The article explains: “The creation of a hydrogen society aims at achieving four major objectives. First is the reduction of the burden on the environment. Unlike fossil fuels, hydrogen emits only water when burned. So, it promises to greatly cut emissions of carbon dioxide. Second is the diversification of energy sources. Hydrogen can be produced with renewable energy sources, and its use will also promote stability in the supply of energy. Third, it will generate beneficial economic ripple effects. The shift to a new energy source will naturally mean new demand and new jobs. And fourth, it can help in coping with natural disasters.”

Tokyo’s Governor Yuriko Koike says, “We aim to leverage the Games as an opportunity to showcase our model of a sustainable city to the world and our goal of becoming a global environmental leader.” Electricity for the Olympics will be 100% renewable and the awards “will be made using circular economy methods” from recycled digital devices including phones, cameras, and music players.

Technological Innovation and Collaboration to Help Cities Reach Their Goals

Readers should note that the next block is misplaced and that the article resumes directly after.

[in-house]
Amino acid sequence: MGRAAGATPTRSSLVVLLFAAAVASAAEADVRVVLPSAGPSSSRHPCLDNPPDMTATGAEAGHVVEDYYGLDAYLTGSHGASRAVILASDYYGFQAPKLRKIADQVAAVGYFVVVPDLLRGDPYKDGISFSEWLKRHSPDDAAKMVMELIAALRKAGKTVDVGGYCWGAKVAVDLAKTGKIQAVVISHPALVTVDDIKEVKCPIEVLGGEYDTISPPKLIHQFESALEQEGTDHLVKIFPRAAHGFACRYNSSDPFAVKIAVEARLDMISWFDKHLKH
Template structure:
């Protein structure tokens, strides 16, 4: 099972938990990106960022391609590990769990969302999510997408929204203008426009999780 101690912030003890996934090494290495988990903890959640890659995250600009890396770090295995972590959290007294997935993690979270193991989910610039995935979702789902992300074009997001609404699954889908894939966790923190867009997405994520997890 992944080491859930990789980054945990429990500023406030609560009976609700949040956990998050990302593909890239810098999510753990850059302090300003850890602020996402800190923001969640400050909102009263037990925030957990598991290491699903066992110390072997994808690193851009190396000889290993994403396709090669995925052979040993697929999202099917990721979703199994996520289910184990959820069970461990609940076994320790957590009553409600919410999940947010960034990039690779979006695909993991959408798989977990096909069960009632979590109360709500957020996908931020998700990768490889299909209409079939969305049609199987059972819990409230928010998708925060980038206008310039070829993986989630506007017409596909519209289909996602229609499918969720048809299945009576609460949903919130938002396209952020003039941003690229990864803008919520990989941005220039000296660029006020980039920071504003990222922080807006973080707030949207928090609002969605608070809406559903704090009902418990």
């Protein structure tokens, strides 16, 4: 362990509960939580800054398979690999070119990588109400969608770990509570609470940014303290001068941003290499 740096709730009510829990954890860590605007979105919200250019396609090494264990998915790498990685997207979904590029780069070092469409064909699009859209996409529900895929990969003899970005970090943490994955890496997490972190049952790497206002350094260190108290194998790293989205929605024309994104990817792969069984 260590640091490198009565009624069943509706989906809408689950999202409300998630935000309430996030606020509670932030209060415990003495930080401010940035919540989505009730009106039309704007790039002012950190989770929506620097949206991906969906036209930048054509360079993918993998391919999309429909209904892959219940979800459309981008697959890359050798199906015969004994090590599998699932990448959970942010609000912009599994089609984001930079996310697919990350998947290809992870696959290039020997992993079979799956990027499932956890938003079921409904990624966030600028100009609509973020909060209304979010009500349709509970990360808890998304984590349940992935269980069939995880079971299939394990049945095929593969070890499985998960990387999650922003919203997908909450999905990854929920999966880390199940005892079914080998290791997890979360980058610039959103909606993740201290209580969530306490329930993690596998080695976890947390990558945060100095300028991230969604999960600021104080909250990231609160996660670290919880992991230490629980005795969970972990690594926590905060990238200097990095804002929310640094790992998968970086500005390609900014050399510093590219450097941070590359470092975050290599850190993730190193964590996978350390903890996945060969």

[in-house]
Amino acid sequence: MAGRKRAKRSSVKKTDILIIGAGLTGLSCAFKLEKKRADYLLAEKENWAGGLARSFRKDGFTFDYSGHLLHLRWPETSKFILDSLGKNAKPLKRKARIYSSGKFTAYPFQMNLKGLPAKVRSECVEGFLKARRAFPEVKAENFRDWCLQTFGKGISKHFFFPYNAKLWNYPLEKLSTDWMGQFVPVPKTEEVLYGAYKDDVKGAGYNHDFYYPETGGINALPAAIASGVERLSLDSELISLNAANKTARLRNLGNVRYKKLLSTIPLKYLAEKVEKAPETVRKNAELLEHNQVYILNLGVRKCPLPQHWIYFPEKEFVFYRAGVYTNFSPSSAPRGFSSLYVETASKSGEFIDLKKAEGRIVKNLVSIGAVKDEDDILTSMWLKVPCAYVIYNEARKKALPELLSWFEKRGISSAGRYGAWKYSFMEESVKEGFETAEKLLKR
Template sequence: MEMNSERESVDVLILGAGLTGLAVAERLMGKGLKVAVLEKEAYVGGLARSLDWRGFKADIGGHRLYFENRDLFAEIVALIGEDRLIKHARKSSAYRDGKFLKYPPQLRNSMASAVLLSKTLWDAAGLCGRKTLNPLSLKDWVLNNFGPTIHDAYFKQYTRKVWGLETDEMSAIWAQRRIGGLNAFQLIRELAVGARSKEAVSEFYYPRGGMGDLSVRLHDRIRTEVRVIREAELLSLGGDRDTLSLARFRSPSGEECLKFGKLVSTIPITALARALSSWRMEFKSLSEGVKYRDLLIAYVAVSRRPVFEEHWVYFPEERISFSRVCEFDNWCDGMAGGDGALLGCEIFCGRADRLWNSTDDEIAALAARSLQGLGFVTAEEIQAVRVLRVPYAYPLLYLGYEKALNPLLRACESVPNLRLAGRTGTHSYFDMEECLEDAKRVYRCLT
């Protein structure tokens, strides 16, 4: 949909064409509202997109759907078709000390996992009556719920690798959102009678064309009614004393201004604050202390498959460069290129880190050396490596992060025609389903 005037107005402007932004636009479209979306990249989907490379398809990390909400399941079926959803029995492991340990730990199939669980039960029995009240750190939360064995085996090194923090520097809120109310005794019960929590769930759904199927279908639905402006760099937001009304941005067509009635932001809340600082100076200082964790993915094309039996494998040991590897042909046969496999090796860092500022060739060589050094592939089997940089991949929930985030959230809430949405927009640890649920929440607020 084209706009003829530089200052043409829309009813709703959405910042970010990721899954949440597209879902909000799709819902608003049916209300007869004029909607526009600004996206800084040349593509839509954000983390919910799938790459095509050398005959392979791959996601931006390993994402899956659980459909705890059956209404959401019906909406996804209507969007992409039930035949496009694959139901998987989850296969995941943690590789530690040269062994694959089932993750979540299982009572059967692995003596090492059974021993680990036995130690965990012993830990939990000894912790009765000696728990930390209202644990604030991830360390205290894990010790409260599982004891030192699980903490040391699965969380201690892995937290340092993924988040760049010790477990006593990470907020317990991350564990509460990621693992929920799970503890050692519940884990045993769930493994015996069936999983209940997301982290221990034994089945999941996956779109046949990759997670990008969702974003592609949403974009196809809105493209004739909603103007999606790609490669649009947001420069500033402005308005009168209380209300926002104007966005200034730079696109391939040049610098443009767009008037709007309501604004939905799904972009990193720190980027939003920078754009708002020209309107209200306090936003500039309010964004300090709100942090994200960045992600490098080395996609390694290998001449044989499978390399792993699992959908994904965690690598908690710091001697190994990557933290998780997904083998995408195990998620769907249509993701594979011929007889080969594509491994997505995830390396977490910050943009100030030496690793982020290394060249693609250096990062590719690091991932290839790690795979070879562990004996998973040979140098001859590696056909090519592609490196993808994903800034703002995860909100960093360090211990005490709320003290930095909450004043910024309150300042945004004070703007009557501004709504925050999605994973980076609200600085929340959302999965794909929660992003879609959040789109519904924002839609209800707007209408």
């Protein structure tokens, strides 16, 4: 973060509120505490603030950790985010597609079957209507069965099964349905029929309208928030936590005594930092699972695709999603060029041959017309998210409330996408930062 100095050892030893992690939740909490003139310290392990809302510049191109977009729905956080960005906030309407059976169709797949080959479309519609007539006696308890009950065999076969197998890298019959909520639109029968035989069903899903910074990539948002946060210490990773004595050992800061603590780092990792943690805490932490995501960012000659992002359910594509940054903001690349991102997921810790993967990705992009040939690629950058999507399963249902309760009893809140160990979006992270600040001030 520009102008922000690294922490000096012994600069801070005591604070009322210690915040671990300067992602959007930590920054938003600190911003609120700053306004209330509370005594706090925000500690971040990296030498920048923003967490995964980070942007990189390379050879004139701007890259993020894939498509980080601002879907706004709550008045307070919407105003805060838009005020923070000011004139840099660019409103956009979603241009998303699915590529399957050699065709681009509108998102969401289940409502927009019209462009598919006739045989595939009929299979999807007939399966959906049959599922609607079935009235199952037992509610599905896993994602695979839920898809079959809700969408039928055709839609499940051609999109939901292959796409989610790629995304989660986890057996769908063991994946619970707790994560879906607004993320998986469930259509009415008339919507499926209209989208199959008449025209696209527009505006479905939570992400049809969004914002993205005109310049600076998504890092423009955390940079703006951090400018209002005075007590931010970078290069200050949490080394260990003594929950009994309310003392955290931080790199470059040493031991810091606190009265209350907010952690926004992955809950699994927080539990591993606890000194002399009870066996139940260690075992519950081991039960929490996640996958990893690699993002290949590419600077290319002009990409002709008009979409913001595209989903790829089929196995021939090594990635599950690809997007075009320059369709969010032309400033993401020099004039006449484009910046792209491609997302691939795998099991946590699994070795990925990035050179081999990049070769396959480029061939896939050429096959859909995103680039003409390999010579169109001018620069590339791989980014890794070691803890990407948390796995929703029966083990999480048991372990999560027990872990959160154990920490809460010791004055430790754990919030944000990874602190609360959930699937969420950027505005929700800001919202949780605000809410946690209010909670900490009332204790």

More and more cities are making smart, sustainable choices that ultimately lift the quality of life for all of us, but there is much more to be done. Despite the praise and bold initiatives, Mexico City still has a serious air pollution problem to solve. Furthermore, the zero-emission urban centers that cities like London and Tokyo aim to become will need the help of technological innovation to realize their goals.

Collaboration is well underway between industry, local governments, and citizens, and between cities themselves, to use innovation to grow with purpose and without compromises. At Joi Scientific, we are working to broaden the energy choices that cities have in the future with clean and abundant Hydrogen 2.0 energy to power city grids, transportation, and industry. Together, hydrogen and other renewables can make cities smart and take them to the top of their class by ensuring they remain the engines of global economic growth while shrinking their global carbon emissions footprint.


Photo courtesy of Christopher Michel.